Fashion as Art: Jewelry

Is fashion art? This controversial topic has been an ongoing debate for decades, and I don't foresee any overarching conclusion being made anytime soon...people feel very convicted about this issue, one way or the other.  However, the continual growth in both private and institutional collections, global exhibitions focusing on fashion help support the case for costume history's significance; not only in a sociological/anthropological sense, but as a form of artistic expression.  Jewelry, specifically, is a growing medium where artists are increasingly expressing themselves.  Sculptors, architects and industrial designers are all branching out into jewelry production, where the end product serves as instant gratification (in comparison to the complex and time-consuming projects these artist's are usually involved in) and a small scale glimpse into the oeuvre of an artist.  A few who making their mark in the world of jewelry, executing artful pieces comparable to sculpture, Frank Gehry, Anish Kapoor, Zaha Hadid, the late Alexander Calder and British artist David Watkins.

Frank Gehry, is most well known for his prolific work in monumental and avant-garde design and architecture.  Fortifying his signature style in iconic works such as the Guggenheim Museum in Bilabo and the Walt Disney Concert Hall in Los Angeles, Gehry has carved a name for himself in design history as a progressive and modernist architect.  In recent years, Gehry has collaborated with Tiffany & Co. in creating jewelry that is distinctively his and displayed alone, look like miniature models of his architecture.  Sleek, and minimalist.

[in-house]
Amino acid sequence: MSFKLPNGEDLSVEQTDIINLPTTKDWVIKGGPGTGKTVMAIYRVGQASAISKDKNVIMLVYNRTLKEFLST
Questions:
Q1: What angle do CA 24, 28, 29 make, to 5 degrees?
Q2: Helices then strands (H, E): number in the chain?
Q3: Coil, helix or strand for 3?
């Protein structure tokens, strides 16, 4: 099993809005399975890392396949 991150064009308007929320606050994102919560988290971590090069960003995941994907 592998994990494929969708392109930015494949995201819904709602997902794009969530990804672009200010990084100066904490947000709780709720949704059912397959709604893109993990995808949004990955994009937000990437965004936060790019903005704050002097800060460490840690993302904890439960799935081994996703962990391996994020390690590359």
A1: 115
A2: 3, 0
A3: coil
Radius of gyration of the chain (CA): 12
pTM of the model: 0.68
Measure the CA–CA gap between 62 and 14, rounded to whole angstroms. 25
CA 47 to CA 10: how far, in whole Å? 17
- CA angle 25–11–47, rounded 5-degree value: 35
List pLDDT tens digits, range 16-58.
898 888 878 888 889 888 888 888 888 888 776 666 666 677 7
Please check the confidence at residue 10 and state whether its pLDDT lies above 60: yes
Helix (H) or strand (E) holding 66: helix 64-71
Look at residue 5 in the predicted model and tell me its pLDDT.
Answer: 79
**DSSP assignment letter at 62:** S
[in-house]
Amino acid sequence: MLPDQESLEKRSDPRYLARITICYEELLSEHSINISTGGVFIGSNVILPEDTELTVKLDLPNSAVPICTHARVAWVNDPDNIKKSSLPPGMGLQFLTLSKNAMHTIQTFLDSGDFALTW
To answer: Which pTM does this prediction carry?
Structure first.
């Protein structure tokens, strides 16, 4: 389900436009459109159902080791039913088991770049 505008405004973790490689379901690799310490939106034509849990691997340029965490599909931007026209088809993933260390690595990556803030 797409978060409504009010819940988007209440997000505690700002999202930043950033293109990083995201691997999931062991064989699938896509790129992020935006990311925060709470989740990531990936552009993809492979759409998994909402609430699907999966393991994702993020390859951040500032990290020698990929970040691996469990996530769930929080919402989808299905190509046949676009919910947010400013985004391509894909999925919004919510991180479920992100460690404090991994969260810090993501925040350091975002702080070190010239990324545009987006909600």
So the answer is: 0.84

Frank Gehry for Tiffany & Co.
Walt Disney Concert Hall
Preliminary Sketches for the Panama Puente de Vida Museo, foga.com

Zaha Hadid, born in Baghdad (1950) and based in London, has grown immensely in popularity over the past decade; praised for her biomorphic, shape shifting, futuristic style (a style clearly exemplified in her jewelry).  Hadid, the first women to win the Pritzker Prize in 2004, recently collaborated with Swarovski in producing the "Glace Collection."  Some images of her jewelry below, as well some comparative architectural and sculptural works.
"Glace Collection." Zaha Hadid for Swarovski
Aura, Palladio Villa Foscari for the 2008 Venice Architecture Biennale
Model of the Chanel Mobile Art Exhibit
I'll finish with the work of Alexander Calder (1989-1976). An artist prolific in numerous mediums, Calder also experimented extensively in jewelry mid-century. Calder's work seems to be inspired by ethnographic artifacts, both in form and style. These characteristics are echoed in his jewelry work as well.
The Jealous Husband, 1940

Earrings, 1940

Bracelet, 1947
Vertical Foliage, 1941
Octopus, 1944
For more interesting references, check out the collection at the Metropolitan Museum of Art and Museum of Art & Design.